Cleggett also reportedly used the loan money to stay at resorts and enjoy caviar dinners and spa treatments with his girlfriend. The statement said he allegedly spent an additional $38,000 on a loan for wedding expenses.

The charges against Cleggett and Espinosa

The U.S. Attorney’s Office charged Cleggett and Espinosa with two counts of wire fraud conspiracy, one count of conspiracy to make false statements to a mortgage company, 21 counts of charge of wire fraud, six counts of illegal currency transactions and one count of misrepresentation. statements to a mortgage company.

He separately charged Cleggett with four counts of wire fraud and two counts of misrepresentation to a mortgage company.

Cleggett and Espinosa were arrested Tuesday morning and released after being arraigned in federal court in Boston, the statement said. They both face decades in prison and hundreds of thousands of dollars in fines for each charge.

Cleggett has been under suspicion for years

In 2017, The Boston Globe and STAT wrote that Cleggett allegedly engaged in a practice called “brokering” in his sober houses.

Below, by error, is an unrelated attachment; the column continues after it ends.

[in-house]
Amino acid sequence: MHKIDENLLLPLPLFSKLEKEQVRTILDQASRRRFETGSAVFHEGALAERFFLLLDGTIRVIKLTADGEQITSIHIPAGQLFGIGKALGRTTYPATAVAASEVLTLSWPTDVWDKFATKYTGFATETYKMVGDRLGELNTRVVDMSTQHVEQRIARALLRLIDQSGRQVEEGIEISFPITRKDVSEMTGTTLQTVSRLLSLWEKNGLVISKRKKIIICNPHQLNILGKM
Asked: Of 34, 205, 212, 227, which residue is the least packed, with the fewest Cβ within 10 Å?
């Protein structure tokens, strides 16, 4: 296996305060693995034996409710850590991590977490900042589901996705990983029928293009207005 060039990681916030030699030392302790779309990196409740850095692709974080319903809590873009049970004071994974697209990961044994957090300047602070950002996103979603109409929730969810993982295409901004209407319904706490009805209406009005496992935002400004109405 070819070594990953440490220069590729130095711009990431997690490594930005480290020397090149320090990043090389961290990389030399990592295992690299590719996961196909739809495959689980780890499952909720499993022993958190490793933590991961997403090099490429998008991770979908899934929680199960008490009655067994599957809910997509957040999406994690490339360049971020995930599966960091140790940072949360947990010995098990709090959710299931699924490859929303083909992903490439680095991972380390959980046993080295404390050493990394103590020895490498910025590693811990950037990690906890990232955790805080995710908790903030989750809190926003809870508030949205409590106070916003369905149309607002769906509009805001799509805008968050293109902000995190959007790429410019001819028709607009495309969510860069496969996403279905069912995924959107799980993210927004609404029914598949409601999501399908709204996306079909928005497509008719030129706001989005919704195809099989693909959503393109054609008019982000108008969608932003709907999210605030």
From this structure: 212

In Cleggett’s case, he allegedly enlisted Bay Staters suffering from drug addiction to go to dodgy recovery centers in South Florida. Two men whose move was allegedly “brokered” by Cleggett died of drug overdoses shortly afterwards, but Cleggett denied any involvement.

The story prompted the Massachusetts Attorney General’s office to investigate sober house programs and take a closer look at the operation of addiction treatment centers across the state. In 2021, the AG’s office charged two people as a result of the investigation, including Cleggett’s partner Michael Hislop.

But Cleggett seemed to get away with it unscathed, even after the bones of a missing client from one of his sober houses were found in the backyard of one of the houses.

THE World released an investigation of the Cleggett homes after this incident. While Cleggett declined to comment on the story, Espinosa claimed the couple had the best intentions. “We really want to help people,” he said.